Laura Donahue, Virginia State Director | February 5-6
“Little girls dream about their wedding one day,” jokes Laura Donahue, camped out on a couch on the third floor of Virginia’s General Assembly building in downtown Richmond. Her computer on her lap, she is simultaneously answering emails and listening to a live feed from the floor of the state Capitol.
“I dream about a bill signing.”
Granted, there isn’t much time for dreaming these days (much less training for the half-marathon Donahue has marked on her calendar 38 days from now). Politics here is a sprint: The Virginia Legislature convenes for just 60 days this year, and it’s nearing the halfway mark—or “crossover,” as they refer to it in these hallways.
Bills have six more days to pass out of the House or Senate, or they’ll have to wait 11 months for the next session to convene. Already, a multifaceted bill cracking down on puppy mills has passed the Senate 40-0. But two more bills hang in the balance: one allowing people who’ve filed domestic violence charges against a partner to obtain custody of their family pets, and one phasing out fox penning, where packs of dogs chase down and kill foxes in fenced enclosures.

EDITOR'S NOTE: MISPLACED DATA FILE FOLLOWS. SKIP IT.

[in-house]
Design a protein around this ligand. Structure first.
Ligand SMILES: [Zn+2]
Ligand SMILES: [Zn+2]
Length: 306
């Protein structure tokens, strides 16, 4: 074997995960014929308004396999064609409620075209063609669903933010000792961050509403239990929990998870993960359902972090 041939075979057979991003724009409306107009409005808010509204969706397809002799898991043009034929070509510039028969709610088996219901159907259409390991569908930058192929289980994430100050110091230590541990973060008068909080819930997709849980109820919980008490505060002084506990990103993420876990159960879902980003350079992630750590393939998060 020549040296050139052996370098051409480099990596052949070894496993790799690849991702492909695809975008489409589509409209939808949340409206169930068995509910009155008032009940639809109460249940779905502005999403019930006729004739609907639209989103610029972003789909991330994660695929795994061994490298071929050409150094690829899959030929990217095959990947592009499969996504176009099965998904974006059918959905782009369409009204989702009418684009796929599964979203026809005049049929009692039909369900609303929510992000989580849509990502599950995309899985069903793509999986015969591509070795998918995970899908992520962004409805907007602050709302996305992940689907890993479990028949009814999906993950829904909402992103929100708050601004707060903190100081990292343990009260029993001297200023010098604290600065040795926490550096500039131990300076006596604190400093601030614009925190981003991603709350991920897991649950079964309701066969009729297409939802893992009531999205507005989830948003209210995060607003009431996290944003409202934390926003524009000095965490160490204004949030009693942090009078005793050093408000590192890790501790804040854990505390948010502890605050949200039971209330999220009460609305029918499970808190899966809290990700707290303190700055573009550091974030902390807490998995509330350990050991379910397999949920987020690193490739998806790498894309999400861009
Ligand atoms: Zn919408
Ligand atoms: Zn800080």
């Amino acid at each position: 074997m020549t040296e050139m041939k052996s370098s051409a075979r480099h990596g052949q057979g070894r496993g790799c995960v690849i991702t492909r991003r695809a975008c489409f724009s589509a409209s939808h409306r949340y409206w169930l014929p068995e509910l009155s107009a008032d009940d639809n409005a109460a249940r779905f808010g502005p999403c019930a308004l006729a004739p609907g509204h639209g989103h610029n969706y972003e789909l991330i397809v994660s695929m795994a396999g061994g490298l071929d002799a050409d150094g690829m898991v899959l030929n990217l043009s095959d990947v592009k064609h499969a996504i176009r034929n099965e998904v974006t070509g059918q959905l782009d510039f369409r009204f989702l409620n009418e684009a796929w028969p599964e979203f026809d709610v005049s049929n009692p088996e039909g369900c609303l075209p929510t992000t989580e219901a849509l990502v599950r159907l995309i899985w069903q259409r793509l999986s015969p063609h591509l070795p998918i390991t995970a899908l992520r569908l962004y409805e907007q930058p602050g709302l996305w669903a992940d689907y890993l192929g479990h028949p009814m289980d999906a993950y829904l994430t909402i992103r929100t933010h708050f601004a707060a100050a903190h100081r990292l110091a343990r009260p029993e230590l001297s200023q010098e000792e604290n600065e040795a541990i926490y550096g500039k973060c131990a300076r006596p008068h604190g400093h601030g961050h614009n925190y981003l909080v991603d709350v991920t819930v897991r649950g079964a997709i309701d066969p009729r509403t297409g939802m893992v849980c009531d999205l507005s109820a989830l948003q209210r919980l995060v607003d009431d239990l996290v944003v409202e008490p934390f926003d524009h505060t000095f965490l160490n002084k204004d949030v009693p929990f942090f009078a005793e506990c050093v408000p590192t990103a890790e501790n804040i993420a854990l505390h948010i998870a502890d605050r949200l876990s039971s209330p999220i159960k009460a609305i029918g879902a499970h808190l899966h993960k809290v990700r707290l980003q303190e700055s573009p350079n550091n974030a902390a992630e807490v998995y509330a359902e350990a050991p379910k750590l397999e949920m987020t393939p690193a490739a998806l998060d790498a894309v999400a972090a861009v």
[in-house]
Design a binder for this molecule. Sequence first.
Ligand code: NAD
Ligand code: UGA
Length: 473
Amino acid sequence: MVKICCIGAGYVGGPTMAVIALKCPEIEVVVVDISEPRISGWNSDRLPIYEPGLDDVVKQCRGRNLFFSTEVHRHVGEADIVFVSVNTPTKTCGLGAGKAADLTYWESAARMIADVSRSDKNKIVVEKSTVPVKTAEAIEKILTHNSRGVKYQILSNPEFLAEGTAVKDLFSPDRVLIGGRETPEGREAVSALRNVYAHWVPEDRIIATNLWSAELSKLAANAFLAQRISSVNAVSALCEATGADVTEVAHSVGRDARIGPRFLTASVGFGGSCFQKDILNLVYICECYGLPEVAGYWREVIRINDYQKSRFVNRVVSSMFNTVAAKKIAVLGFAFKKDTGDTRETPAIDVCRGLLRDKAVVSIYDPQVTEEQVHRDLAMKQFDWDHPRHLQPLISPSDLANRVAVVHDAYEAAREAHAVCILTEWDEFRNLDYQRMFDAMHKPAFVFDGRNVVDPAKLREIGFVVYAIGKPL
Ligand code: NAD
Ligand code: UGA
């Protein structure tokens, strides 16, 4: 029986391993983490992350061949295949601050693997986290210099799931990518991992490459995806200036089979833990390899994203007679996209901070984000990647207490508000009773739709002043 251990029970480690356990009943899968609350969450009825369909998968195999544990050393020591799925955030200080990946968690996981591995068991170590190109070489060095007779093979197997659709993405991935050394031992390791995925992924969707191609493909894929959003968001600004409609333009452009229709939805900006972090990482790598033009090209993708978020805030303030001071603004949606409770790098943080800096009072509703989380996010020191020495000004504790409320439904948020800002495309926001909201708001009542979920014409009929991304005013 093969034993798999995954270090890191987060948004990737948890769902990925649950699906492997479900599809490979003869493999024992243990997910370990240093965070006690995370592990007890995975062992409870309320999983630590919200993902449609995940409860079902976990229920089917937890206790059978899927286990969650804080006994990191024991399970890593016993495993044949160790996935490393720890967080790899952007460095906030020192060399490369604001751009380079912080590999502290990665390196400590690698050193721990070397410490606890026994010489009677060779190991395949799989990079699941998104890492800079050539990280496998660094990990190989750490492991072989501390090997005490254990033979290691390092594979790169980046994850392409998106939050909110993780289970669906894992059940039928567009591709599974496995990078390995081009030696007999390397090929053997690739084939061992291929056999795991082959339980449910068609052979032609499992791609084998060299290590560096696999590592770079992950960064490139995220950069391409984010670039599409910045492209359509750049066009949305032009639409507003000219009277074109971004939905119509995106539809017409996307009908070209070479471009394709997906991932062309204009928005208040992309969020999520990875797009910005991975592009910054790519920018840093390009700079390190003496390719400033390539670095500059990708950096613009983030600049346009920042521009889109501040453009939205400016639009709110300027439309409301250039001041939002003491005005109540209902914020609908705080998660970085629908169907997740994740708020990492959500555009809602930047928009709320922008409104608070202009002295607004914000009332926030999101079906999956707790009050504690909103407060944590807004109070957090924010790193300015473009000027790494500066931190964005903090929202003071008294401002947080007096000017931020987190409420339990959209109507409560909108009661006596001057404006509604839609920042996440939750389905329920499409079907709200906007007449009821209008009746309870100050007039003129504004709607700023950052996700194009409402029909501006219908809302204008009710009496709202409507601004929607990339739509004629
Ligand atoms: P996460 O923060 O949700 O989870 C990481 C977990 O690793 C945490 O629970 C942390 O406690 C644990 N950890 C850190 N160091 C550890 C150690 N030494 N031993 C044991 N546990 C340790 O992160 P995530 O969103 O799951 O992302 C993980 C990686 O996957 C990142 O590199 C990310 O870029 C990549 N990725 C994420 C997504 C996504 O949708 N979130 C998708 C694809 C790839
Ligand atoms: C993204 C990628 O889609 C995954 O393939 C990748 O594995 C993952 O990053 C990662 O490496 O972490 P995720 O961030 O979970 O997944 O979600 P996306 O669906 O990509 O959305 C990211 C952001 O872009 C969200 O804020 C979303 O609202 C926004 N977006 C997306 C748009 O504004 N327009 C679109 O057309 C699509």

Donahue is concerned the clock’s running out on the pet protective bill for a sixth straight year. Meanwhile, the fox penning bill faces its first test with a Senate committee hearing tomorrow. The expected vote is still too close to call.
Hours earlier, Donahue actually began her morning at the Richmond SPCA. The building is undergoing renovations, so as chief executive officer Robin Starr warned, there’s no office that doesn’t have a dog in it. “Well, that makes us feel at home,” Donahue answered, with a laugh. And with Lucky on a pillow next to her, Nibblet sleeping under a desk and Charlie roaming the room doling out kisses, she and Starr discussed plans for an upcoming community cat symposium.